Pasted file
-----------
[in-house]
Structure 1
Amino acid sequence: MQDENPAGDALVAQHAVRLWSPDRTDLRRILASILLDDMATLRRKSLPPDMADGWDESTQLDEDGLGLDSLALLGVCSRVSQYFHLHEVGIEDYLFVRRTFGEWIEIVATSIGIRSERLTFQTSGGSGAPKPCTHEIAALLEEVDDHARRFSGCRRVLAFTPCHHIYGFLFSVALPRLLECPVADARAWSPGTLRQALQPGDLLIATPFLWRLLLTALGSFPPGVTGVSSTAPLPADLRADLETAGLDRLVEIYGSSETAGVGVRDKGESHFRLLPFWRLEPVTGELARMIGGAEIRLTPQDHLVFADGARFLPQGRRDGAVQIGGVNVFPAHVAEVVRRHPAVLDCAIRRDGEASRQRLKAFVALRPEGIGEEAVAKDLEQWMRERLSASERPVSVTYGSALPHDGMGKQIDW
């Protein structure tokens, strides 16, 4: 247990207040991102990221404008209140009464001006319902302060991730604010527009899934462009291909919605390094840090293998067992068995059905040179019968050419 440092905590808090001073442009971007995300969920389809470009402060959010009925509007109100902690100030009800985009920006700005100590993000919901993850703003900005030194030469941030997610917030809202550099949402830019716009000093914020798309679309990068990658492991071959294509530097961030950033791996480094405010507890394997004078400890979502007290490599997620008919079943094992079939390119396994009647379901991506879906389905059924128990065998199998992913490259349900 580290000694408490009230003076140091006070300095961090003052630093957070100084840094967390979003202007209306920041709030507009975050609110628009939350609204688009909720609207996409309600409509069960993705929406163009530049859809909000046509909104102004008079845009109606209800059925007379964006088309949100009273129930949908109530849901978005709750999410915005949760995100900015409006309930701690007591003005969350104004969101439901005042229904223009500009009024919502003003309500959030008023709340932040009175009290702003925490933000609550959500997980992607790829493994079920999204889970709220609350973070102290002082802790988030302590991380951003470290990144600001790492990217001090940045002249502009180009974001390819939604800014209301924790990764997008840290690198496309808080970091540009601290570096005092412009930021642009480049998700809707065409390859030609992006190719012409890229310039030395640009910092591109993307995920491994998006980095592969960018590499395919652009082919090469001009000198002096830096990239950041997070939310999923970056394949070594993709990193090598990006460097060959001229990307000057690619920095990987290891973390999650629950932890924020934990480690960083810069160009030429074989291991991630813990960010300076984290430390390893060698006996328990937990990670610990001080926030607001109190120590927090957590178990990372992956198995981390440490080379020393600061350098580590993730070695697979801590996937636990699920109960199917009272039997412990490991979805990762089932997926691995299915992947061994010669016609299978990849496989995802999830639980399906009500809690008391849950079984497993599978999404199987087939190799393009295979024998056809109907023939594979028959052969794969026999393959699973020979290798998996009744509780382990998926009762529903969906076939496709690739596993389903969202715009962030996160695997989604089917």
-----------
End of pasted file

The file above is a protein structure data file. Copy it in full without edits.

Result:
[in-house]
Structure 1
Amino acid sequence: MQDENPAGDALVAQHAVRLWSPDRTDLRRILASILLDDMATLRRKSLPPDMADGWDESTQLDEDGLGLDSLALLGVCSRVSQYFHLHEVGIEDYLFVRRTFGEWIEIVATSIGIRSERLTFQTSGGSGAPKPCTHEIAALLEEVDDHARRFSGCRRVLAFTPCHHIYGFLFSVALPRLLECPVADARAWSPGTLRQALQPGDLLIATPFLWRLLLTALGSFPPGVTGVSSTAPLPADLRADLETAGLDRLVEIYGSSETAGVGVRDKGESHFRLLPFWRLEPVTGELARMIGGAEIRLTPQDHLVFADGARFLPQGRRDGAVQIGGVNVFPAHVAEVVRRHPAVLDCAIRRDGEASRQRLKAFVALRPEGIGEEAVAKDLEQWMRERLSASERPVSVTYGSALPHDGMGKQIDW
């Protein structure tokens, strides 16, 4: 247990207040991102990221404008209140009464001006319902302060991730604010527009899934462009291909919605390094840090293998067992068995059905040179019968050419 440092905590808090001073442009971007995300969920389809470009402060959010009925509007109100902690100030009800985009920006700005100590993000919901993850703003900005030194030469941030997610917030809202550099949402830019716009000093914020798309679309990068990658492991071959294509530097961030950033791996480094405010507890394997004078400890979502007290490599997620008919079943094992079939390119396994009647379901991506879906389905059924128990065998199998992913490259349900 580290000694408490009230003076140091006070300095961090003052630093957070100084840094967390979003202007209306920041709030507009975050609110628009939350609204688009909720609207996409309600409509069960993705929406163009530049859809909000046509909104102004008079845009109606209800059925007379964006088309949100009273129930949908109530849901978005709750999410915005949760995100900015409006309930701690007591003005969350104004969101439901005042229904223009500009009024919502003003309500959030008023709340932040009175009290702003925490933000609550959500997980992607790829493994079920999204889970709220609350973070102290002082802790988030302590991380951003470290990144600001790492990217001090940045002249502009180009974001390819939604800014209301924790990764997008840290690198496309808080970091540009601290570096005092412009930021642009480049998700809707065409390859030609992006190719012409890229310039030395640009910092591109993307995920491994998006980095592969960018590499395919652009082919090469001009000198002096830096990239950041997070939310999923970056394949070594993709990193090598990006460097060959001229990307000057690619920095990987290891973390999650629950932890924020934990480690960083810069160009030429074989291991991630813990960010300076984290430390390893060698006996328990937990990670610990001080926030607001109190120590927090957590178990990372992956198995981390440490080379020393600061350098580590993730070695697979801590996937636990699920109960199917009272039997412990490991979805990762089932997926691995299915992947061994010669016609299978990849496989995802999830639980399906009500809690008391849950079984497993599978999404199987087939190799393009295979024998056809109907023939594979028959052969794969026999393959699973020979290798998996009744509780382990998926009762529903969906076939496709690739596993389903969202715009962030996160695997989604089917």